Sundays are typically spent in search of perfection at my house because Sundays are for pancakes. I'm not a baker by nature, which means that I take a lackadaisical approach to measuring ingredients. As such, I've come close to perfection but I don't have the means to duplicate that effort.
So, today, I turn to you, Fat City readers, in hopes that you know the secret to making a perfect pancake.
I use a version of Mark Bittman's recipe for basic pancakes or I doctor up a Krusteaz mix with nutmeg, cinnamon, brown sugar, vanilla, and a little bit of vegetable oil. The recipe is usually determined by whether I've managed to awaken before the sunrise that morning. The later in the day, the more likely that pancakes will receive more of my effort.
The Guardian claims to have found the perfect pancake, and it's just milk, flour, eggs and a pinch of salt cooked in a small "knob of butter." The result is pancakes "that are almost Puritan." Their work ethic is admirable, but I'm not sure anybody is looking to the Puritans for pancakes.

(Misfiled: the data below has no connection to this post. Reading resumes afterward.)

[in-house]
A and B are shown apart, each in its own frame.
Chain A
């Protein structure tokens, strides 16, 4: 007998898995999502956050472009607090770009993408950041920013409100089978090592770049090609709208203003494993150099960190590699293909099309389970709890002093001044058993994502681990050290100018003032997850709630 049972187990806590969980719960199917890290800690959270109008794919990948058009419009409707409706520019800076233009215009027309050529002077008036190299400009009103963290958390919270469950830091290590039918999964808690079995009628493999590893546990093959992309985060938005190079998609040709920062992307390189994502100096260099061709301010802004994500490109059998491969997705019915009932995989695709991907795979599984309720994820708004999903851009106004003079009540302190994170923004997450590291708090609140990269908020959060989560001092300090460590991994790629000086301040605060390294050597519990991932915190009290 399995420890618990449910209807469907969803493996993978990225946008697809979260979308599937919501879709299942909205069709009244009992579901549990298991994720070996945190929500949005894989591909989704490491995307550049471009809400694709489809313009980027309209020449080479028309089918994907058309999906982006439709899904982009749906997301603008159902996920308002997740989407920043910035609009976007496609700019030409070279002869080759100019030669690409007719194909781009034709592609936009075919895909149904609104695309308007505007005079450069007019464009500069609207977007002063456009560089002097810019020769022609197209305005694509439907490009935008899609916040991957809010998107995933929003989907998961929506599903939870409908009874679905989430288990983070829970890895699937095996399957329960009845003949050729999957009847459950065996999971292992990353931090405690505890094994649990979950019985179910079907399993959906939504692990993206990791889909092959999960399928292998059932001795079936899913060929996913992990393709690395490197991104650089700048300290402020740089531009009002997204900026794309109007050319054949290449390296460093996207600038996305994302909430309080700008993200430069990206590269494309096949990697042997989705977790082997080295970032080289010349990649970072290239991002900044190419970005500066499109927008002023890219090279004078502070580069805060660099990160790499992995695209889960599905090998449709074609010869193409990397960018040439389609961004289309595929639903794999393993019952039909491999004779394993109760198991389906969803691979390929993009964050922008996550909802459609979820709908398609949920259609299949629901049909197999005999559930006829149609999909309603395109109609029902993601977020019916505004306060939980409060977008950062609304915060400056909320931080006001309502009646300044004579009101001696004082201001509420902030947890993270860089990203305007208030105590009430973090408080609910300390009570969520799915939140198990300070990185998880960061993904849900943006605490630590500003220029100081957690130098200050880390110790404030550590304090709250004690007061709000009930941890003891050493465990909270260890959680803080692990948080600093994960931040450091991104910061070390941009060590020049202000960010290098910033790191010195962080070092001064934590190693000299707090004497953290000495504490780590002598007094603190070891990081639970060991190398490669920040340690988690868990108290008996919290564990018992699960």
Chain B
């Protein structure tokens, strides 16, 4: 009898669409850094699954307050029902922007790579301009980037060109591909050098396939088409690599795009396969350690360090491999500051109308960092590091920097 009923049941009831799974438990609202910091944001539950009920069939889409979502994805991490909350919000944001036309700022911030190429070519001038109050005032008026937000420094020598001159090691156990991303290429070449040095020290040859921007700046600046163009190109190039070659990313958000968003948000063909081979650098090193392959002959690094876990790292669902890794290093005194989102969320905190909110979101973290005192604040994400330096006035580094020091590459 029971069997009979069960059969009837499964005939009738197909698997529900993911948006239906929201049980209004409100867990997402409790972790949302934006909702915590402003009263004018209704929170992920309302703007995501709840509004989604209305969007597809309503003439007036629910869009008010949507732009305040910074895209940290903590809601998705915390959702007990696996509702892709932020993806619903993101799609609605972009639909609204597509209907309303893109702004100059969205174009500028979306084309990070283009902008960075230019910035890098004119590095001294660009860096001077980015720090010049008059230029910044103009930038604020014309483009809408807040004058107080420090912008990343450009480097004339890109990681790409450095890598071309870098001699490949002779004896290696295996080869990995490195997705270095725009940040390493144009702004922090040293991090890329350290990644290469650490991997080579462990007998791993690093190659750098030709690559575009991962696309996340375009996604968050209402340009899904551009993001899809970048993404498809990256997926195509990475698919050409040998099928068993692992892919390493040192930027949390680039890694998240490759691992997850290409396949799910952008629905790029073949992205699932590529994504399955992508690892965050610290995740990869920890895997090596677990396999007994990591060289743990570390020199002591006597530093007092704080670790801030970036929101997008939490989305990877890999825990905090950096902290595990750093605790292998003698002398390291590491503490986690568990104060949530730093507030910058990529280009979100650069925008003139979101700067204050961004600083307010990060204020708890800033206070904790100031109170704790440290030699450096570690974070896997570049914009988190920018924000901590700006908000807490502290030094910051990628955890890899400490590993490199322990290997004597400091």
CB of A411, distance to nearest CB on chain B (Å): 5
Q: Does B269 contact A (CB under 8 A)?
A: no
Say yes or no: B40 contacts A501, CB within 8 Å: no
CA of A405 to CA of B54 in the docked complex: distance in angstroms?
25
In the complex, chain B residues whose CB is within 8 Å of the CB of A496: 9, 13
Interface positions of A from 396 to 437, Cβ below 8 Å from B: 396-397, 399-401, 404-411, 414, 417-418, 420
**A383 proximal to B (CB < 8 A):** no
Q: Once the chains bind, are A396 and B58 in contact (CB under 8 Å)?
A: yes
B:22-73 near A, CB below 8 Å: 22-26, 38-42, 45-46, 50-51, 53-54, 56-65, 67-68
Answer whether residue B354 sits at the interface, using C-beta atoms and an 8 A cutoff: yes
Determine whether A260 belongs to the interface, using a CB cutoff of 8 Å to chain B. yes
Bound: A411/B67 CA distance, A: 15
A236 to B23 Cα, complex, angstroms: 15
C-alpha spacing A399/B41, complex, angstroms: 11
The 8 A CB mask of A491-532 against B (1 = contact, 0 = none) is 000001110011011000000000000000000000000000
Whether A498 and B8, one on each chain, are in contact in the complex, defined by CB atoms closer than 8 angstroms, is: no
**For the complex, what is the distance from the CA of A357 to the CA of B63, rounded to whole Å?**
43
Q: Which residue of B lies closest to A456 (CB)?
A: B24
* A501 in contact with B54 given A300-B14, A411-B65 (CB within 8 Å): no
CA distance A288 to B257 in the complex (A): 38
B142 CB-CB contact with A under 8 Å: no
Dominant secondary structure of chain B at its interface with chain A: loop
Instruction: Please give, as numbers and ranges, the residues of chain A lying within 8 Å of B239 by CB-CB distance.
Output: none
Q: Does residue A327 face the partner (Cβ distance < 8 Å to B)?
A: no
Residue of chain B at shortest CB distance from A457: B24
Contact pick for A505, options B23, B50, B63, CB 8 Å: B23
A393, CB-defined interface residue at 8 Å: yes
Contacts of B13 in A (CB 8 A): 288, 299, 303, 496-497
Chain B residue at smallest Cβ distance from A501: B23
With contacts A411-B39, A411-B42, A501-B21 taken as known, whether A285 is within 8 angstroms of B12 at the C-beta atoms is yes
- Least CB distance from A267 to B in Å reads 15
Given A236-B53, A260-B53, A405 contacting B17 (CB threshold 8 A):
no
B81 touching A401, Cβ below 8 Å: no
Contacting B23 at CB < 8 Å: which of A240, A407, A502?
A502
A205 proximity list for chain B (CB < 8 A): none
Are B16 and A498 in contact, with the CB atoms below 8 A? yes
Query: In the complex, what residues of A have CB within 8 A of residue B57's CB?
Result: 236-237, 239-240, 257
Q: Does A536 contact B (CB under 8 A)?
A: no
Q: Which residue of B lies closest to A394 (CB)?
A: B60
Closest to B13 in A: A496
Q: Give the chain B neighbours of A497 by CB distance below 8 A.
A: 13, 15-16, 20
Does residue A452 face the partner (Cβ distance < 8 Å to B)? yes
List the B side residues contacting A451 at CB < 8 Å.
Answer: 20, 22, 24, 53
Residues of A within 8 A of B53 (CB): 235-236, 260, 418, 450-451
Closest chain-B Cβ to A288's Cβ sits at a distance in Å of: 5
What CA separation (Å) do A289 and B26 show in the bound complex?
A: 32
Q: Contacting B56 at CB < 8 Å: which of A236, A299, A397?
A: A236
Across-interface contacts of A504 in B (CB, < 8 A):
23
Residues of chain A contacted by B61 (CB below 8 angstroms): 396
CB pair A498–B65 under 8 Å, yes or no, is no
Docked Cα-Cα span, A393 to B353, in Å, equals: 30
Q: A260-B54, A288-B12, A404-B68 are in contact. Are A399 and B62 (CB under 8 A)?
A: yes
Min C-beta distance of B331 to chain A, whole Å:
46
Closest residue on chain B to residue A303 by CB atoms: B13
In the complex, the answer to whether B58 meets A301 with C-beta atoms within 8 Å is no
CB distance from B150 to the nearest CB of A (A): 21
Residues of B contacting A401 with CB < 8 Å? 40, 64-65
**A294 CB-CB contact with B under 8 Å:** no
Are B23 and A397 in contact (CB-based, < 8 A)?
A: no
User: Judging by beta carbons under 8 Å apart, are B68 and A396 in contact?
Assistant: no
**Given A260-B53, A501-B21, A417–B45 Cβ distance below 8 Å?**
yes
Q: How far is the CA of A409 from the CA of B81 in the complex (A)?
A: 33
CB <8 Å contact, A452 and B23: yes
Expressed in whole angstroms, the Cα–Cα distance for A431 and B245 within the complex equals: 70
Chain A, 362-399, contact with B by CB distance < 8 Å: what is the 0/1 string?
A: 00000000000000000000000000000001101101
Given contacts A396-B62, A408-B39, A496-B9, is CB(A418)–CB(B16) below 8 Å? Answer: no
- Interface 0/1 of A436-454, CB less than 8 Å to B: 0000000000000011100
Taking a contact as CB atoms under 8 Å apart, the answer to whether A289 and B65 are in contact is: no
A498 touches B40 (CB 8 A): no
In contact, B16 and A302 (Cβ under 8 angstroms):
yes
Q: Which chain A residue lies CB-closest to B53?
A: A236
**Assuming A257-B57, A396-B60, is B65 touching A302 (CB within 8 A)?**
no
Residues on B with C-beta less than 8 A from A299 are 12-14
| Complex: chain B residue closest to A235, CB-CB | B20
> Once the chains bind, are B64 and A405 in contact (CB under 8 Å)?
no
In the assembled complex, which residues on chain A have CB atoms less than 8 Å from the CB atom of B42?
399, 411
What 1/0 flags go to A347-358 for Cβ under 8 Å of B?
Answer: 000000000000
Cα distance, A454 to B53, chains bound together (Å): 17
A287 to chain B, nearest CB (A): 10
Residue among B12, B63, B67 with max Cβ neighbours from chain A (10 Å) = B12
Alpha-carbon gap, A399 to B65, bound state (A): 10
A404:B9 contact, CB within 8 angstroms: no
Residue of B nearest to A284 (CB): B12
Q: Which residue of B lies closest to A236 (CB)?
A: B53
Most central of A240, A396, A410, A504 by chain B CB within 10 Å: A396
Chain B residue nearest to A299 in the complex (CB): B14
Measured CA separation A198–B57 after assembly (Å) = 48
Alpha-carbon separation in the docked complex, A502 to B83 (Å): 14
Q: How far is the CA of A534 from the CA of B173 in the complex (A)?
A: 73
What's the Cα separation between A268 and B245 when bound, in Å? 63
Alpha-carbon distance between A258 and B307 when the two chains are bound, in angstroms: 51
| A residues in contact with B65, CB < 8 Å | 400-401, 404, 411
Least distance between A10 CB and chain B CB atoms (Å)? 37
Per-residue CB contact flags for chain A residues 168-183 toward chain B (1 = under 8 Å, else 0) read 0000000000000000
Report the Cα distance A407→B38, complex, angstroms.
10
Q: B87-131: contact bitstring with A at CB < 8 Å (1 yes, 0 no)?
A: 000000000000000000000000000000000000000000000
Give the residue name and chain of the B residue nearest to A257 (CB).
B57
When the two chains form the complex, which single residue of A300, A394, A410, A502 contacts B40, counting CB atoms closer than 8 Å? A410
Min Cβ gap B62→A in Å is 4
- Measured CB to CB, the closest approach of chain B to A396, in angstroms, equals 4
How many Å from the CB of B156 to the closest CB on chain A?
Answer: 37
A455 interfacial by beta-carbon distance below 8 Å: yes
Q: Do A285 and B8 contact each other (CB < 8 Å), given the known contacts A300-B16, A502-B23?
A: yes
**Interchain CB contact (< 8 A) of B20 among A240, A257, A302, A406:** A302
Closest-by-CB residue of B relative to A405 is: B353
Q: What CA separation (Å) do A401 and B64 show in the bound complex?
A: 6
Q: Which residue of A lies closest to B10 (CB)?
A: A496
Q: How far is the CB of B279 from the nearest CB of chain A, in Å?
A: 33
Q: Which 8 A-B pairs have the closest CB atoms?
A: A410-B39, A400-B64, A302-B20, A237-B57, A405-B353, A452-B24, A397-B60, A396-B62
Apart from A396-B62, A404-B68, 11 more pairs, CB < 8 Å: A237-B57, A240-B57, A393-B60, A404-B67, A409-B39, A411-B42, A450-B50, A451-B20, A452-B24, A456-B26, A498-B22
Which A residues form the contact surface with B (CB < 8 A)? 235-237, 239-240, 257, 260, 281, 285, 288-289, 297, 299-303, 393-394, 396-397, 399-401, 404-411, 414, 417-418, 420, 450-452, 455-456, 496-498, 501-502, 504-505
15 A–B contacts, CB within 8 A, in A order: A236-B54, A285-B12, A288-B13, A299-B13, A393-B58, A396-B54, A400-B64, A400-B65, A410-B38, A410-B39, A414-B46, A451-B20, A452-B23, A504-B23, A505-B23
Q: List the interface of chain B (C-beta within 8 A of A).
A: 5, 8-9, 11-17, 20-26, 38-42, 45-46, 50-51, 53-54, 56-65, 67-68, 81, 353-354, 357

I know home chefs who rest their batter, believe that salt (similar to adding a savory element to chocolate-chip cookies) is critical, and obsess over the level of heat below their griddle. All of them are convinced that they've uncovered the holy grail of flapjack preparation. So, has anybody found the right recipe or technique for making perfect pancakes?
[Image via Flickr: D'Arcy Norman]
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